Michael Pineda of the New York Yankees pitched very well last night, contributing six innings and seven strikeouts to a 4-1 win over the world champion Red Sox. For the first four innings or so, he pitched with something stuck to his right hand. Something that didn’t belong there. Something that looked an awful lot like pine tar.
Pine tar has its uses, but when we see it on the pitching hand of a big league starter, it’s hard to think of a viable application for the product in a “game action” context. Why would a big league pitcher need pine tar, on his throwing arm, on the hill? Gripping the baseball is important, thus the presence of a rosin bag on every mound in baseball. But pine tar? For no reason outside conventional wisdom, pine tar has a more sinister connotation.
With a dozen HD cameras pointed at each and every baseball game, stuff like this doesn’t elude the unblinking eye for long. Broadcast picks up “evidence”, viewers (and announcers, typically) freak out, player is a cheater and reviled by the rival supporters. The team on the receiving end of these clearly doctored baseballs? They don’t make a big deal about it.
Here’s the goop on Pineda’s hand: pic.twitter.com/Axx9bHqs2n
— Pete Abraham (@PeteAbe) April 11, 2014
Call it keen boomerang awareness but most other big leaguers aren’t too keen to point the finger of blame at their opponents in these situations. Mostly because everybody’s doing something. Call it the “if you ain’t cheating, you ain’t trying” guiding principle of baseball.
Behind the scenes, after a loss? Sure, there might be some grumbling. But using something to improve their grip on the baseball is not unusual, meaning if falls under the auspices of an unwritten rule. Thus the lack of outrage from the opposing dugout.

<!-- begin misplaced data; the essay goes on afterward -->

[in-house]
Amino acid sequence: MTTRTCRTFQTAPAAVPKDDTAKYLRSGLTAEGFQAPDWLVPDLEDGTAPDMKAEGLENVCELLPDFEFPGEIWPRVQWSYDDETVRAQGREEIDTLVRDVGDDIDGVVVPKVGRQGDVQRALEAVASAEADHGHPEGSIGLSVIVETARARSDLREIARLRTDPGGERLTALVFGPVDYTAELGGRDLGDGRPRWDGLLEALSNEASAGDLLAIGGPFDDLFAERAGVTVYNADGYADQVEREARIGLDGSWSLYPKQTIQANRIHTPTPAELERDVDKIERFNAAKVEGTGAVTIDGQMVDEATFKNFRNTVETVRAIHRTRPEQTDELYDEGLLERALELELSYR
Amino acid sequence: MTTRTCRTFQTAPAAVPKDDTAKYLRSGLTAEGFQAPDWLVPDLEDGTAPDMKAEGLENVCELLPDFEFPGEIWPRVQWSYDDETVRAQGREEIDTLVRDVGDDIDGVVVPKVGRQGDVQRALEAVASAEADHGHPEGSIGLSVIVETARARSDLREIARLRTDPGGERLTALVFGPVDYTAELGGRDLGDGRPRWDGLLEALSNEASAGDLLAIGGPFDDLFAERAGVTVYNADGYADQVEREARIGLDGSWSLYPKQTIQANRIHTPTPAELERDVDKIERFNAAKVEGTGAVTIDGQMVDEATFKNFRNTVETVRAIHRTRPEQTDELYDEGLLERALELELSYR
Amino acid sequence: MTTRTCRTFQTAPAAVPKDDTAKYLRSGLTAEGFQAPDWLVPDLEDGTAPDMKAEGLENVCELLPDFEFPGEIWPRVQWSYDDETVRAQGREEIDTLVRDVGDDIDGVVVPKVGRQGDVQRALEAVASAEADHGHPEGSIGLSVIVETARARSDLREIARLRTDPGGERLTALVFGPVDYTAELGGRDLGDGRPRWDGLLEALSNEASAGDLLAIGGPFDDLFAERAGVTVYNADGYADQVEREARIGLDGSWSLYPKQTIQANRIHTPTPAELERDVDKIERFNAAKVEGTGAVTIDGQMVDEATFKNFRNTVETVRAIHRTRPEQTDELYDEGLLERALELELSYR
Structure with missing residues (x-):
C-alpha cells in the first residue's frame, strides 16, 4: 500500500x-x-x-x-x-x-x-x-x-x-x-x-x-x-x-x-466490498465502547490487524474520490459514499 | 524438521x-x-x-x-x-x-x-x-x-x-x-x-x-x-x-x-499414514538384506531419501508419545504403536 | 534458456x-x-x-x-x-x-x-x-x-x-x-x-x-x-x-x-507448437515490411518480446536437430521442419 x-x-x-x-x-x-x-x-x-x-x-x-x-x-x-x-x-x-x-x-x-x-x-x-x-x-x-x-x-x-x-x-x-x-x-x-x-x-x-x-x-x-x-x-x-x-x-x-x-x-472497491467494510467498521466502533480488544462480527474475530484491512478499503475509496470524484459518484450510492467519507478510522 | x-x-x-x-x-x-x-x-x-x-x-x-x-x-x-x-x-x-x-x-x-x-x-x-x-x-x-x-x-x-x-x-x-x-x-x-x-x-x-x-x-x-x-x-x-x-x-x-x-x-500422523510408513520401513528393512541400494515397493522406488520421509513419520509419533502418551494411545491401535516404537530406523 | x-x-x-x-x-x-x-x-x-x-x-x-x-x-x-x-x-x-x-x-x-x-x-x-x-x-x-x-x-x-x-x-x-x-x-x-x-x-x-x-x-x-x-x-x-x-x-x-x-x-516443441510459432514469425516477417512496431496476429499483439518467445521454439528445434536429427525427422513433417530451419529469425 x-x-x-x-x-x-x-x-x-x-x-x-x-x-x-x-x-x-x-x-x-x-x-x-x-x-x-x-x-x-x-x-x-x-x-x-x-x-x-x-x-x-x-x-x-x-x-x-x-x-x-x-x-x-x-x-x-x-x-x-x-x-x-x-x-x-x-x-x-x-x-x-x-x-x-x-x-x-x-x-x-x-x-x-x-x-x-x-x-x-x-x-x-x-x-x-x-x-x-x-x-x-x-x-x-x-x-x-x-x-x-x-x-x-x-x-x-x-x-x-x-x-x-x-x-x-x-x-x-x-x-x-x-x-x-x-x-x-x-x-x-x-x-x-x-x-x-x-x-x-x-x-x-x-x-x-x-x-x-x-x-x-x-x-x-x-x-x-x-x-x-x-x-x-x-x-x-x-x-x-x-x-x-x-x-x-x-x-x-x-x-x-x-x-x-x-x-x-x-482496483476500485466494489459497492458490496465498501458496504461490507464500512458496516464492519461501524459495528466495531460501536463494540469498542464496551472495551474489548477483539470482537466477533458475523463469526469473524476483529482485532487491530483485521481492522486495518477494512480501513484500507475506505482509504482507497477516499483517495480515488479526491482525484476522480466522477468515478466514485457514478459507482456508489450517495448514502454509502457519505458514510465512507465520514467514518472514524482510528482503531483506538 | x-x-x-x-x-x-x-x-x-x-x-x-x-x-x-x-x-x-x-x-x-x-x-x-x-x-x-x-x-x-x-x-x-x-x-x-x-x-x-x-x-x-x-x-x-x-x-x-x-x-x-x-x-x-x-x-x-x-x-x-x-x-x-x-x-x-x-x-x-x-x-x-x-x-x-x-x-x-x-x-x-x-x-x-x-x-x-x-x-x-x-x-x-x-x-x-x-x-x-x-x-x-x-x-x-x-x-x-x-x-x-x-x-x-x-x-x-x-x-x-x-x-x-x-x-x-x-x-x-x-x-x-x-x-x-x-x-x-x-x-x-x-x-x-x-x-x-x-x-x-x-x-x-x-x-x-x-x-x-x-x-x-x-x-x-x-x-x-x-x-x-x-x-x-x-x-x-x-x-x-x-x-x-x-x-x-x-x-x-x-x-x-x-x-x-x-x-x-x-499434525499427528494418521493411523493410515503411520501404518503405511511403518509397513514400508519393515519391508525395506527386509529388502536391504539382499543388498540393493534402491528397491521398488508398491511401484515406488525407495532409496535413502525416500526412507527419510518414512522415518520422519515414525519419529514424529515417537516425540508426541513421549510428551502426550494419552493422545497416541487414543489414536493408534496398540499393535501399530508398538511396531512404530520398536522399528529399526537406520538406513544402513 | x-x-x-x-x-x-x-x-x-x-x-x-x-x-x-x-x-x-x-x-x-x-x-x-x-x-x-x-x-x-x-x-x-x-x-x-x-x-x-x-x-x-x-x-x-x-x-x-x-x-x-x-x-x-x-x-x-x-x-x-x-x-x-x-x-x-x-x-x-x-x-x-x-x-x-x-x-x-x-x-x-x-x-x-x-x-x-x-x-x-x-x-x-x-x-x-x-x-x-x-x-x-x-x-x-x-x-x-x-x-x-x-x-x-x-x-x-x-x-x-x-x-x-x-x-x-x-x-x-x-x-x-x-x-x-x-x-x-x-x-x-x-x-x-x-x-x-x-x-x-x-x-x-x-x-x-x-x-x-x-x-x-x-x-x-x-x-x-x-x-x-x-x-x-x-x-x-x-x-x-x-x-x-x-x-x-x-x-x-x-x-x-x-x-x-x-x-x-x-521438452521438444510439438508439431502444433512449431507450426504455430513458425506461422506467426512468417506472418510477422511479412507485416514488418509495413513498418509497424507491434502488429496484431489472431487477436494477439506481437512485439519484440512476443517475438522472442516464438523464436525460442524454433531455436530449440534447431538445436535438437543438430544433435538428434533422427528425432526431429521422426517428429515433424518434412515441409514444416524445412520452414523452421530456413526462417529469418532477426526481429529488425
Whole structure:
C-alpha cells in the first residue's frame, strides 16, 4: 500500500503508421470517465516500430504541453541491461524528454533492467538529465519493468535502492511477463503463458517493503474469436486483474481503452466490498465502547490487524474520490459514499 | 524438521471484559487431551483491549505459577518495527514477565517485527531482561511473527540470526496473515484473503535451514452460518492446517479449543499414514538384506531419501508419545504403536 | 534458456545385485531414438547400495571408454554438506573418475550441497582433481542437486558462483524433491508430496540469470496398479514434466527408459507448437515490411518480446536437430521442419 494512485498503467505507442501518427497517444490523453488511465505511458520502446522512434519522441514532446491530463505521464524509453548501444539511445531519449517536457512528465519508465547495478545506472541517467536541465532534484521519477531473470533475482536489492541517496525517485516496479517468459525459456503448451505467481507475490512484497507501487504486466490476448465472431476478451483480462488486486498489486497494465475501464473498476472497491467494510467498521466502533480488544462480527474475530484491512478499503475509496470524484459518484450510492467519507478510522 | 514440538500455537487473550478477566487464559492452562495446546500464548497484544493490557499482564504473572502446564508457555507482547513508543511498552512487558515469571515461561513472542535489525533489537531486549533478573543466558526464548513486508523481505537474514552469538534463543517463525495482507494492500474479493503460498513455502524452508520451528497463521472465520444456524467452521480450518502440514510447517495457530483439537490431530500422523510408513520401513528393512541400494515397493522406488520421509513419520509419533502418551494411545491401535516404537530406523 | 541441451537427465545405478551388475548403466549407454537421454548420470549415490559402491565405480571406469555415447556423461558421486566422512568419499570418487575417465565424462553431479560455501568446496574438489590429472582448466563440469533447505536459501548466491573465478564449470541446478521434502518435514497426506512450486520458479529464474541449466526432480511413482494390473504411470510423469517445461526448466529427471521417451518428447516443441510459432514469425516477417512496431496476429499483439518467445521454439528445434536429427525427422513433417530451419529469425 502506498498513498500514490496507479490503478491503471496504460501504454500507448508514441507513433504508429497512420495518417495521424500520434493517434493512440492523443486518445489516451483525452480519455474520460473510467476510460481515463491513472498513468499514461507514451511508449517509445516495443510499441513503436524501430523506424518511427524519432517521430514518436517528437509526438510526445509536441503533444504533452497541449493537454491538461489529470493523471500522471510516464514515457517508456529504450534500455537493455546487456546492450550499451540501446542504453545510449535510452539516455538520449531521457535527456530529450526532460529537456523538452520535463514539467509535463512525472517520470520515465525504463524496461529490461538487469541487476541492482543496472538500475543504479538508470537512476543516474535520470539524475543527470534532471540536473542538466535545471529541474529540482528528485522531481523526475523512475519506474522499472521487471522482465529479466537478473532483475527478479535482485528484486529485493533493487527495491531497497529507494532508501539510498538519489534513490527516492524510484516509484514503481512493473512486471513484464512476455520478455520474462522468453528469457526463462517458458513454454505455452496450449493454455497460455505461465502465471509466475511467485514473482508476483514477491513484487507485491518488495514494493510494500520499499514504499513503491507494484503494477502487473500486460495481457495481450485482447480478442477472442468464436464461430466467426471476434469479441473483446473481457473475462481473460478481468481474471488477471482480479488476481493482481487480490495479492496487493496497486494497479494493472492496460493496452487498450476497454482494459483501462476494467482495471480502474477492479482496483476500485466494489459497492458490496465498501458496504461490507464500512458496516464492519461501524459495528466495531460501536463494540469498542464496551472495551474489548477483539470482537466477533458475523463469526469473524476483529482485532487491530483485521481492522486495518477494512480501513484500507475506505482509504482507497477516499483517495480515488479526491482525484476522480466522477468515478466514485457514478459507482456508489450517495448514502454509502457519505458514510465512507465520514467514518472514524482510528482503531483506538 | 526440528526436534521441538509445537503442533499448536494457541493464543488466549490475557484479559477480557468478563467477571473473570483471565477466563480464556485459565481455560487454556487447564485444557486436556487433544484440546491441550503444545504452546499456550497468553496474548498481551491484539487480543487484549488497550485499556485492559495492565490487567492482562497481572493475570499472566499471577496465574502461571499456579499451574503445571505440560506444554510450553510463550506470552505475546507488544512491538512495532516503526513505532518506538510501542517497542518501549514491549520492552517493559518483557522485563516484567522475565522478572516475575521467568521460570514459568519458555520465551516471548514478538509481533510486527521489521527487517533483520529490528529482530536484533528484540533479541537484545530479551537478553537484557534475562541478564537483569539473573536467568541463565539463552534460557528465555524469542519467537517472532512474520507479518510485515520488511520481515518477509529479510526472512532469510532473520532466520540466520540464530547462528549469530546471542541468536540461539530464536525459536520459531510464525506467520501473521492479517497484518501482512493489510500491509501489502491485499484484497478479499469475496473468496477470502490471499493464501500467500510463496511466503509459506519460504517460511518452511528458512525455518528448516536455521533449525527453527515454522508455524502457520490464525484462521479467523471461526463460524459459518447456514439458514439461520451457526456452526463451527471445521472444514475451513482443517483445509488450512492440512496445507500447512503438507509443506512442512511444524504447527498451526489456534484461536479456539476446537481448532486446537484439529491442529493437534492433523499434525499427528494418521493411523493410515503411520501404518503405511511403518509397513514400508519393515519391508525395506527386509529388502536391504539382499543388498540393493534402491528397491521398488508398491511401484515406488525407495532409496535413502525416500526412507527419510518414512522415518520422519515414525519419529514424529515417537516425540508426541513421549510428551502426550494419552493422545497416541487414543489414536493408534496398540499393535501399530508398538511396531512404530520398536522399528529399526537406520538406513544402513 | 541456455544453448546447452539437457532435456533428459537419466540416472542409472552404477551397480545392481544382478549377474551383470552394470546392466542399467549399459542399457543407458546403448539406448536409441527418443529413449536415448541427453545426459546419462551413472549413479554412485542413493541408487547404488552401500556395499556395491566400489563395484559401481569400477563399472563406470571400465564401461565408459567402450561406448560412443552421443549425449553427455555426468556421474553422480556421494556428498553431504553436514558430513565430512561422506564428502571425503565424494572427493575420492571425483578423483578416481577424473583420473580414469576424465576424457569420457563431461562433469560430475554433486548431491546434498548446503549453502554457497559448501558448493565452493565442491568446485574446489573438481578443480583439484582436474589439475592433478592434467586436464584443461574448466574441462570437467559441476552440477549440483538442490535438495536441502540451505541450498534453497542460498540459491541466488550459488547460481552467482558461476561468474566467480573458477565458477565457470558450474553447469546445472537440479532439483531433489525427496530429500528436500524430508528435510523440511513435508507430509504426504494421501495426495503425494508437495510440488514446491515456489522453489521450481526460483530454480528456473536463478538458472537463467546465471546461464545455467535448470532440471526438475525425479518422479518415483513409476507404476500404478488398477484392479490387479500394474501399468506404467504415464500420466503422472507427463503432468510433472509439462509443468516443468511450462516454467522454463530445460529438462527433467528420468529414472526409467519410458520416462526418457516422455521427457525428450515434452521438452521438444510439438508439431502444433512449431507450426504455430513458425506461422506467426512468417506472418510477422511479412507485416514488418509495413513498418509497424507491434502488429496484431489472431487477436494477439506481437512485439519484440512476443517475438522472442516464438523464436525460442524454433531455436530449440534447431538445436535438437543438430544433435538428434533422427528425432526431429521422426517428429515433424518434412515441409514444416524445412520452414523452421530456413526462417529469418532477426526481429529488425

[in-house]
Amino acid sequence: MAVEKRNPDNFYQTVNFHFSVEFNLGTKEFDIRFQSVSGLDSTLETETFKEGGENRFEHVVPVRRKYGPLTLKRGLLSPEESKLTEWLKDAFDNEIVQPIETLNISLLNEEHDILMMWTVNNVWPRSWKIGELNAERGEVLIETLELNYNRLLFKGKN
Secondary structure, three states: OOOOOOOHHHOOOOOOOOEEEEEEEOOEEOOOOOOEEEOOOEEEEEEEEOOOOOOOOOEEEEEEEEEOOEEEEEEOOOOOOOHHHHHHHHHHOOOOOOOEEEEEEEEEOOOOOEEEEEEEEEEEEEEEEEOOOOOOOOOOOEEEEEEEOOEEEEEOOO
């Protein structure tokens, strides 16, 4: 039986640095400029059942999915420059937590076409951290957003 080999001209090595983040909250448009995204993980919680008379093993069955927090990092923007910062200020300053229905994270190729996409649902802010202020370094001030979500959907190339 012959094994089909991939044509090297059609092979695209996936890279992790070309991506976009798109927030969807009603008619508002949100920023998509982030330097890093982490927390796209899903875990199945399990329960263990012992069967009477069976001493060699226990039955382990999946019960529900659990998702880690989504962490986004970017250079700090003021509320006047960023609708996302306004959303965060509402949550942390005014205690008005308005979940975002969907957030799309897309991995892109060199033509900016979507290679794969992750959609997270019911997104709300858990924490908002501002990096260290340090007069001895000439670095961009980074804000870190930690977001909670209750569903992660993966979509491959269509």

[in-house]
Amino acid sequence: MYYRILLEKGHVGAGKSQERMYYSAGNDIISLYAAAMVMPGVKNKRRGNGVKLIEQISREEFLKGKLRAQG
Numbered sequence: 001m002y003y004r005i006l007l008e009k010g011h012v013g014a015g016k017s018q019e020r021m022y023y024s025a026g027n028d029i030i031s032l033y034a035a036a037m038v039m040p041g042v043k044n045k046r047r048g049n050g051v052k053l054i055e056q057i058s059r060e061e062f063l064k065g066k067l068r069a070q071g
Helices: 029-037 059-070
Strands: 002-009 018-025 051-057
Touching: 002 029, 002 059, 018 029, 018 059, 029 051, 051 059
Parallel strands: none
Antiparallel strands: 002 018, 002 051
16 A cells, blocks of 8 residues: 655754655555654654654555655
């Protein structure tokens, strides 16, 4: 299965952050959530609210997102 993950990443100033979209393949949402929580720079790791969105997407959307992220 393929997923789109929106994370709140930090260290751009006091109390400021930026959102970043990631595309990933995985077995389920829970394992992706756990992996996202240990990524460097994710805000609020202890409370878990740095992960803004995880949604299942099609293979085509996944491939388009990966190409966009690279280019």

Farrell on Pineda: "I cant say it's uncommon guys would look to create a little bit of a grip. Typically youre not trying to be as blatant."
— Tyler Kepner (@TylerKepner) April 11, 2014
Red Sox players took high road RE: Pineda. "Everyone uses pine tar," Ortiz said. Privately, however, multiple believed he crossed a line.
— John Tomase (@jtomase) April 11, 2014
Crew chief Brian O'Nora said that the Red Sox did not bring any issue regarding Pineda/substances to their attention during tonight's game.
— Bryan Hoch (@BryanHoch) April 11, 2014
Does this mean anything goes when it comes to loading up baseballs and taking every advantage on the mound? Obviously not. As word of gunk on Pineda’s wrist circulated, he quickly removed it and continued dominating the Sox lineup just as he did before. There is a difference between grabbing an edge and flaunting the rules, written or otherwise.
But the outrage cycle is going to grab hold of this story because of the parties involved. Fans howl and TV’s hot take generators will churn out some relativism while others will brush it aside with a knowing smile. Remember: the Red Sox didn’t think enough of it to file a complaint during the game and expressed no interest in saying anything about it post-game. The league might only “investigate” or comment on the matter if the aforementioned outrage cycle lasts more than 24 hours.
It’s not nothing but it is nothing in something’s clothing. Baseball is a game played on the margins, like all sports at a high level. Pushing for an edge is part of the business, even if the goal is simply an improved grip versus imparting unnatural spin on the baseball.
It’s a grey area – which is not ground most fans tread on gracefully. Thankfully, the louder voices screaming “MICHAEL PINEDA IS DEAD TO ME” are not more numerous than the cooler heads, just more enthusiastic. Cooler, more experienced heads will prevail – heads that know their own noses are far from clean.